Friday, August 12, 2011 came and went. The world did not explode, the economy is still running, companies are still standing and life went on. The SEC officially opened the doors for its new Whistleblower Office. As far as we know, there was not a line of whistleblowers standing outside the office waiting to file complaints.
Surprisingly, the SEC disclosed that there are 20 pending whistleblower claims relating to cases which have already been settled. That is surprising. Complaints are being filed; lawyers are out there encouraging whistleblowers to come forward to seek the financial rewards. SEC officials have estimated that they expect approximately 30,000 complaints to be filed during the year, and that at least 1-2 per day is credible.
Companies need to be ready. One sure way to get into trouble is to do nothing. Whatever the state of a company’s anti-corruption compliance program, one of the priorities has to be a separate set of policies and procedures for handling whistleblower complaints. The critical rule governing the whistleblower program is the 120 day window after which the whistleblower can file the complaint with the SEC (with certain exceptions).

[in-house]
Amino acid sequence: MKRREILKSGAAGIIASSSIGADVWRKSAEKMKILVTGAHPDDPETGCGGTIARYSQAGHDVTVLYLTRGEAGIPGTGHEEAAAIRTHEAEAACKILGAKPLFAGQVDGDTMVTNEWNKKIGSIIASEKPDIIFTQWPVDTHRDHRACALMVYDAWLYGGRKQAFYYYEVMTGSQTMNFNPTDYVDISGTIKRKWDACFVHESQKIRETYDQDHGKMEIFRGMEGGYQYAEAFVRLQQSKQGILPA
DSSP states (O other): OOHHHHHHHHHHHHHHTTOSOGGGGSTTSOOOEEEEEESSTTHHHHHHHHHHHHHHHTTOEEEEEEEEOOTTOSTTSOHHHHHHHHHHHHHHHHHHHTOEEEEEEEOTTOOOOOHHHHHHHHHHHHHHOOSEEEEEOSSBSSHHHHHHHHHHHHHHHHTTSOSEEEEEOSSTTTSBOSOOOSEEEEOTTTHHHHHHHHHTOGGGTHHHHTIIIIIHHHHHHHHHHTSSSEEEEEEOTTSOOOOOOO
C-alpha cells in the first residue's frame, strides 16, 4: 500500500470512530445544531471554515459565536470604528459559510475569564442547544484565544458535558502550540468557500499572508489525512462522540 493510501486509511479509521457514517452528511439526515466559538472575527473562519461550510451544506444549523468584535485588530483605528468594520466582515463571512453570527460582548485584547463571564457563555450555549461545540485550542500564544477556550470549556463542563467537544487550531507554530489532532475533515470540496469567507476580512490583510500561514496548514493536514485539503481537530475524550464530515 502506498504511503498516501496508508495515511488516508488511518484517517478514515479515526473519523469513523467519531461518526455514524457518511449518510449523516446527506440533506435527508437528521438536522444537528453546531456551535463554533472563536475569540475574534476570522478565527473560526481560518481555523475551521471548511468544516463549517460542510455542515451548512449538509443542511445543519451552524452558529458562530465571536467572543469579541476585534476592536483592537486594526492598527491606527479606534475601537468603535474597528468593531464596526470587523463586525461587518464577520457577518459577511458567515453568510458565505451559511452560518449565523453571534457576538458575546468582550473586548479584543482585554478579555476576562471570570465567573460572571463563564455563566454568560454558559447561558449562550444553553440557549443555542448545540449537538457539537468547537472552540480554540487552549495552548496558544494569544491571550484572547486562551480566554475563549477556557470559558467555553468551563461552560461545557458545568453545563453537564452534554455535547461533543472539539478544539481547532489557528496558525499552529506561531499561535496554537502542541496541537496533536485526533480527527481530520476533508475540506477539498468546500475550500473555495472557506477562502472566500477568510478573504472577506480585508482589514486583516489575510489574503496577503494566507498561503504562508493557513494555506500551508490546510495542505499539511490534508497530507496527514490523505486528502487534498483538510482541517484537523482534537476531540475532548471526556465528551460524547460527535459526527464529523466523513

The goals of a whistleblower policy should be to:
-- identify those complaints which could end up being filed in the SEC
-- assess the seriousness of the complaint
-- evaluate the likelihood the whistleblower will file with the SEC and the SEC’s likely response
-- ensure prompt and responsive treatment of whistleblower complaint
-- communicate with the complainant to assure him/her that the company is seriously reviewing the complaint
Some have optimistically deluded themselves into thinking that if they treat the whistleblower well, he or she will not run to the SEC. That is wishful thinking. When financial incentives are out there, you can bet the whistleblower and his/her attorney will run to the SEC whenever they can to seek financial rewards.
If the company devotes resources and time to this issue, it should be able to quickly divide those complaints into frivolous and credible complaints. Once that is done, the company needs to investigate the credible complaints as fast as possible to evaluate the merits.
For those that are credible and potentially serious, the company may need to voluntarily disclose the internal investigation to the SEC. This is an extremely risky proposition – once a company is on the SEC’s radar screen, life can get very difficult. For compliance officers and general counsels, this is a high stakes inquiry which can have serious consequences for the company. The 120-day window will define a period for rapid investigations and difficult decisions.